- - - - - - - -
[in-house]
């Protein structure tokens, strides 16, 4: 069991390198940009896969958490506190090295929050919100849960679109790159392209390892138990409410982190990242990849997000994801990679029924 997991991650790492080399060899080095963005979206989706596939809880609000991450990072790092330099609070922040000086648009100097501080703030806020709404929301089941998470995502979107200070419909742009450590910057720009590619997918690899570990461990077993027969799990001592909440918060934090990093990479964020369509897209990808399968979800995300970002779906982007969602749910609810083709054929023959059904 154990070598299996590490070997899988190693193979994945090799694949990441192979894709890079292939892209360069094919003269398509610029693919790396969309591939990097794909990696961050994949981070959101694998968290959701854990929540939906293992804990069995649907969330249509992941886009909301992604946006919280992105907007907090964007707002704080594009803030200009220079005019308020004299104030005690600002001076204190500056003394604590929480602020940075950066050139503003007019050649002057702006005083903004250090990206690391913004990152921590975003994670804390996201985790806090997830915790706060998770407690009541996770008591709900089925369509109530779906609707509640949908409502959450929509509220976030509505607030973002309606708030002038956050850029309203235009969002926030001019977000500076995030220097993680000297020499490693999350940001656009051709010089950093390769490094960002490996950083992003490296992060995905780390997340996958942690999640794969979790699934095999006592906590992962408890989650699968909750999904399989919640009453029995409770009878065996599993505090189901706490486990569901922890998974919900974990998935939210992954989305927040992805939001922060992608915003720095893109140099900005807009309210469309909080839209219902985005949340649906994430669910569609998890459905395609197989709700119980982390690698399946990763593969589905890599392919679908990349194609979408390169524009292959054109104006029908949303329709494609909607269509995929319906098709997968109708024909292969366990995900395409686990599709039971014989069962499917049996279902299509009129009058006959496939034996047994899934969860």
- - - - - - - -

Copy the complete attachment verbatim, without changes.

[in-house]
């Protein structure tokens, strides 16, 4: 069991390198940009896969958490506190090295929050919100849960679109790159392209390892138990409410982190990242990849997000994801990679029924 997991991650790492080399060899080095963005979206989706596939809880609000991450990072790092330099609070922040000086648009100097501080703030806020709404929301089941998470995502979107200070419909742009450590910057720009590619997918690899570990461990077993027969799990001592909440918060934090990093990479964020369509897209990808399968979800995300970002779906982007969602749910609810083709054929023959059904 154990070598299996590490070997899988190693193979994945090799694949990441192979894709890079292939892209360069094919003269398509610029693919790396969309591939990097794909990696961050994949981070959101694998968290959701854990929540939906293992804990069995649907969330249509992941886009909301992604946006919280992105907007907090964007707002704080594009803030200009220079005019308020004299104030005690600002001076204190500056003394604590929480602020940075950066050139503003007019050649002057702006005083903004250090990206690391913004990152921590975003994670804390996201985790806090997830915790706060998770407690009541996770008591709900089925369509109530779906609707509640949908409502959450929509509220976030509505607030973002309606708030002038956050850029309203235009969002926030001019977000500076995030220097993680000297020499490693999350940001656009051709010089950093390769490094960002490996950083992003490296992060995905780390997340996958942690999640794969979790699934095999006592906590992962408890989650699968909750999904399989919640009453029995409770009878065996599993505090189901706490486990569901922890998974919900974990998935939210992954989305927040992805939001922060992608915003720095893109140099900005807009309210469309909080839209219902985005949340649906994430669910569609998890459905395609197989709700119980982390690698399946990763593969589905890599392919679908990349194609979408390169524009292959054109104006029908949303329709494609909607269509995929319906098709997968109708024909292969366990995900395409686990599709039971014989069962499917049996279902299509009129009058006959496939034996047994899934969860």